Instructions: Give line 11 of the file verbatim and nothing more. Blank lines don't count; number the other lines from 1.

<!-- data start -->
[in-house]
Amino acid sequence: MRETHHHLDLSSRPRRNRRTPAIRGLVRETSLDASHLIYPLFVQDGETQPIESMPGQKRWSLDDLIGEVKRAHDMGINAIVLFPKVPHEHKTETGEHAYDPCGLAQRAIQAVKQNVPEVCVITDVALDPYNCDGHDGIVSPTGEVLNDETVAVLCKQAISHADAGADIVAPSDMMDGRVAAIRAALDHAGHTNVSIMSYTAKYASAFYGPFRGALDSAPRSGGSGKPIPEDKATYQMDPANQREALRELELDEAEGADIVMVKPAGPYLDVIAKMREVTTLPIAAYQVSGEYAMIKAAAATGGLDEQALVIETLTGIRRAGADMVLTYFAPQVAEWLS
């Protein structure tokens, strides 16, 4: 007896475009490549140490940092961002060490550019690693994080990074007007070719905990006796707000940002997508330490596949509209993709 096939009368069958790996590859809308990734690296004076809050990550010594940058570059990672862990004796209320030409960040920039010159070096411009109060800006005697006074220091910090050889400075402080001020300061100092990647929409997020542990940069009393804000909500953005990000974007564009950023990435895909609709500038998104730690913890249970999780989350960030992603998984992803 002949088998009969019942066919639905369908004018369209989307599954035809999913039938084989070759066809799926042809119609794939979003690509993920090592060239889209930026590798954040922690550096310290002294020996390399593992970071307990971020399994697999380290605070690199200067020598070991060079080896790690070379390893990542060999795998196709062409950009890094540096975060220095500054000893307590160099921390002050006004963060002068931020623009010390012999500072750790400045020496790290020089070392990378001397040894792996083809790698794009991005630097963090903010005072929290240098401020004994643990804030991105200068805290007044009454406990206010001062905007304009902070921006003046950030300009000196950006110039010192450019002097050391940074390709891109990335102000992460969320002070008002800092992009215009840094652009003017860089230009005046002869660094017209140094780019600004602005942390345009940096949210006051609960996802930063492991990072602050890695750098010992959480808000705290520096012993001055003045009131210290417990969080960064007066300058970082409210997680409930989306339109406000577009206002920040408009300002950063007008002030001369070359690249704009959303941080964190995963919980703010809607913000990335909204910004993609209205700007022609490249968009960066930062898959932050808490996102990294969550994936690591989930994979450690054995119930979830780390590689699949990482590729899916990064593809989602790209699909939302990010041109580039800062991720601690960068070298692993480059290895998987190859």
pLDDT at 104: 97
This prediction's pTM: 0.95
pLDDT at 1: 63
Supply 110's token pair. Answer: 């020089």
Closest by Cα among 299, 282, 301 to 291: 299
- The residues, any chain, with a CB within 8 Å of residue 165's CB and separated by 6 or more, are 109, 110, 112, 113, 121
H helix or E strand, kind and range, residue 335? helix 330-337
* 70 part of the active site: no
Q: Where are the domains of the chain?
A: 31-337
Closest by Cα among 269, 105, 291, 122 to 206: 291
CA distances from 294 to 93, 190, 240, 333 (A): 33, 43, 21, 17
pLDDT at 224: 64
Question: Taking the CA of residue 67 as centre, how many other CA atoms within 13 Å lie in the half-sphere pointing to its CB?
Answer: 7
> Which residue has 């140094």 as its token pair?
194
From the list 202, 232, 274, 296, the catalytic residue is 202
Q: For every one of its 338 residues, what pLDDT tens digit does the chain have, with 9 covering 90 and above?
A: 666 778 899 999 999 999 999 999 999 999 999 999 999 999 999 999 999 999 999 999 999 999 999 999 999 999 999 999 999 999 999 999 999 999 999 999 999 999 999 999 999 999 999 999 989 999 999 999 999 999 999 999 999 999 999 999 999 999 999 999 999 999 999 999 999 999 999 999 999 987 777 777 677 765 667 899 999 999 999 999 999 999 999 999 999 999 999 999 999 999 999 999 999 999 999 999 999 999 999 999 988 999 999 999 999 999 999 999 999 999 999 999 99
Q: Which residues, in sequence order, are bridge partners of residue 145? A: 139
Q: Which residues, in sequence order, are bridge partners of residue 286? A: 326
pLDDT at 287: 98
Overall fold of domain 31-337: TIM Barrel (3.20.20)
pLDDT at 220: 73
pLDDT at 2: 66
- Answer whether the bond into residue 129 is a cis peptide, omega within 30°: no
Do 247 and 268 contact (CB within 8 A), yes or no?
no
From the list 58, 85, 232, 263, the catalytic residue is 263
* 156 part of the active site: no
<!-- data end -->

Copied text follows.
* 70 part of the active site: no